Bard on the Beach opened its 23rd season last night with The Taming of the Shrew. Although this play has made its way to two earlier Bard seasons (over the past 10 years), this was my first time seeing the brilliant, well-rounded cast perform the Shakespeare comic romance.
The basic storyline is a tale of two sisters: the younger one with many suitors; the other, older, more brash and outspoken. Their father, Baptista (Bernard Cuffling) will only allow the younger, more favoured Bianca to wed if her older sister Kate (brilliantly performed by Lois Anderson) marries first.
Enter fortune-seeking Petruchio (John Murphy), who isn’t that particular when it comes to choosing a bride, as long as the money will follow. He’s come from Verona to “wive it wealthy in Padua”; whether or not Kate fancies him is of no concern to his equally prickly character.
Bianca meanwhile has several suitors vying for her affection, but she’s got her heart set on one, Lucentio (Anton Lipovetsky). Tranio (Kyle Rideout) decides to disguise himself as his master (Lucentio) in hopes of wooing Bianca for himself, becoming a tutor for the occasion.
A wedding is hastily arranged for Kate and Petruchio, with Kate in great disagreement (bordering on hatred for boorish suitor). Gremio (Shawn Macdonald) enters the scene, an older, wealthy gentleman who offers a large dowry, however it’s Lucentio (Tranio, disguised as a tutor) who ‘outbids’ him. Tranio sets off to find someone to pose as Lucentio’s father, Vincentio. Following along?
Things get crazy after Kate and Petruchio settle into married life.
Petruchio aims to tame his wife, denying her of food and sleep, in the name of undying love. Although it’s hard to watch Kate endure the often riotous scenes on stage, their relationship does take a turn along the way. Kate becomes ‘tamed’ but the love between these two outcasts outshines any in Italy.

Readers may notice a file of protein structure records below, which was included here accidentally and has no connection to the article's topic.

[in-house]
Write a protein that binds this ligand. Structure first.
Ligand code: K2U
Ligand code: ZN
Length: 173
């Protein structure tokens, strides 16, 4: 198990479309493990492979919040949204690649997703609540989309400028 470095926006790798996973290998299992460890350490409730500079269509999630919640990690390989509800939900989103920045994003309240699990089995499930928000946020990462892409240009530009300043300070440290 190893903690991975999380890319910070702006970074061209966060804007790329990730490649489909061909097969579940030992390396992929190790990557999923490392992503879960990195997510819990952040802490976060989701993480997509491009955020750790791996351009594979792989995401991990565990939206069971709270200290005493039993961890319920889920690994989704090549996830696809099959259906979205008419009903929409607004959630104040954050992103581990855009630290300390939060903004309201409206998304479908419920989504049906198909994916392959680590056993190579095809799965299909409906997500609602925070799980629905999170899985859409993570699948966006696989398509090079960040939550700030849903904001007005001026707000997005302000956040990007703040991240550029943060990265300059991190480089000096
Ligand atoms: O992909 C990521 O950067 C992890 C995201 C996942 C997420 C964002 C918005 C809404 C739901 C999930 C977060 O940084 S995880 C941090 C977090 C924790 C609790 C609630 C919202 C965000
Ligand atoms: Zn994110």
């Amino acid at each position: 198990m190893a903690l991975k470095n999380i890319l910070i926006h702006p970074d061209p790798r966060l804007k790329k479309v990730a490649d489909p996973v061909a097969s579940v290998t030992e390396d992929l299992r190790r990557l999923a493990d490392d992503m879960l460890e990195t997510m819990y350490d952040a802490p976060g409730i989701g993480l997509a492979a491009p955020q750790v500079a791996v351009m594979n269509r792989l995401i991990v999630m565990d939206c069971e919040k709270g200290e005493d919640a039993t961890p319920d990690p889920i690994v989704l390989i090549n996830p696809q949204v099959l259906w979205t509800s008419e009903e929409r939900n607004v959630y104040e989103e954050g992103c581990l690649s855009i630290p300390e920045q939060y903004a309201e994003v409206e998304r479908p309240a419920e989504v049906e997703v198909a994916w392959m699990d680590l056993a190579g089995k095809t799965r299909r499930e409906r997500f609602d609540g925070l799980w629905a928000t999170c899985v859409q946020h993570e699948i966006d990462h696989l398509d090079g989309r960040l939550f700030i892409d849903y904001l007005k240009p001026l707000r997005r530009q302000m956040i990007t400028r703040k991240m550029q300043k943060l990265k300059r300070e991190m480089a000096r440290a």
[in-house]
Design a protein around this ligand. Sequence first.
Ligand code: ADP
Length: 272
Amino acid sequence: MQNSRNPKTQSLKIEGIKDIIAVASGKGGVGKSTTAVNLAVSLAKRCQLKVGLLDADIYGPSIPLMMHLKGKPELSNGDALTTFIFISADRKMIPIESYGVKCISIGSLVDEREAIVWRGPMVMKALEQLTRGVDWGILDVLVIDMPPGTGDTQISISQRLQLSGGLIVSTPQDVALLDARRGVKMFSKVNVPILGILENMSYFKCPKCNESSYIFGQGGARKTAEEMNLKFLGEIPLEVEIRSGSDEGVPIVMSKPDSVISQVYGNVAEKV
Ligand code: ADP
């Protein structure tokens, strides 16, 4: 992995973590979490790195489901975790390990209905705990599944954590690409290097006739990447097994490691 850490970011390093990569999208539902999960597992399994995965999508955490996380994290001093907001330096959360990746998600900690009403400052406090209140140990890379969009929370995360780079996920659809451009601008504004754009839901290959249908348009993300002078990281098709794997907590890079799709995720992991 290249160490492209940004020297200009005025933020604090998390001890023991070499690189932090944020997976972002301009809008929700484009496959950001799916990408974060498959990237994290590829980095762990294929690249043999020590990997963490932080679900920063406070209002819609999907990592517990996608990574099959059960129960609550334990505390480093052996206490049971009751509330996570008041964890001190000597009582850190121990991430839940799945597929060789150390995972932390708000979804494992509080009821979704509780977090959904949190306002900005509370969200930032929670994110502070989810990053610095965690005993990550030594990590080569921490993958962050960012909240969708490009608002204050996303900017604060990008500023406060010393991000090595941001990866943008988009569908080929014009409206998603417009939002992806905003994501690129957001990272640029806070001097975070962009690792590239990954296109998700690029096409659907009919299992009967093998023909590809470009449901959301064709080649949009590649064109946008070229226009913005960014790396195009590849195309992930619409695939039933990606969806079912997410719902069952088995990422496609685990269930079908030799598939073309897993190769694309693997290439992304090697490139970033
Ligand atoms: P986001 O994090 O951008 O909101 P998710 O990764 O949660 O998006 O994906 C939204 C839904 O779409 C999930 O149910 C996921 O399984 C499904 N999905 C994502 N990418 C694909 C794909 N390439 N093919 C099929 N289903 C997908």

In fact, the most difficult speech is given towards the end by Kate, who has become obedient to the point of disgusting the other wives. It’s misogynistic to a degree for sure, but Kate and Lucentio’s love heightens the play at its close.
John Murphy and Lois Anderson have marvelous chemistry as the two key roles in this production. The cast is lively and integrates well together under the direction of Meg Roe (All the Way Home). The set (designed by Kevin McAllister) is simple, with props brought onto the stage (and taken down) by several cast members. I love the Italian style period costumes, with attention to colour and detail, that heighten both the performances and the atmospheric stage. Kudos to costume designer Mara Gottler.
Wonderful musical interludes (arranged by sound designer Patrick Pennefather) take place between scenes. The two hour production (with one 20 minute intermission) keeps the audience laughing throughout most of the evening. My appetite was whet for upcoming Macbeth while watching smaller roles played by Colleen Wheeler (Biondella) and Bob Frazer (Curtis, Petruchio’s chief servant at his country house).
In fact, Wheeler gets to show off her comic prowess during a few scenes, bringing the audience to roaring laughter. Don’t miss this entertaining classic, on now through September 22 at the BMO Mainstage Theatre (Tuesdays through Sundays) in Vanier Park. Visit the Bard on the Beach website for schedules and ticket information.
Photos courtesy of David Blue.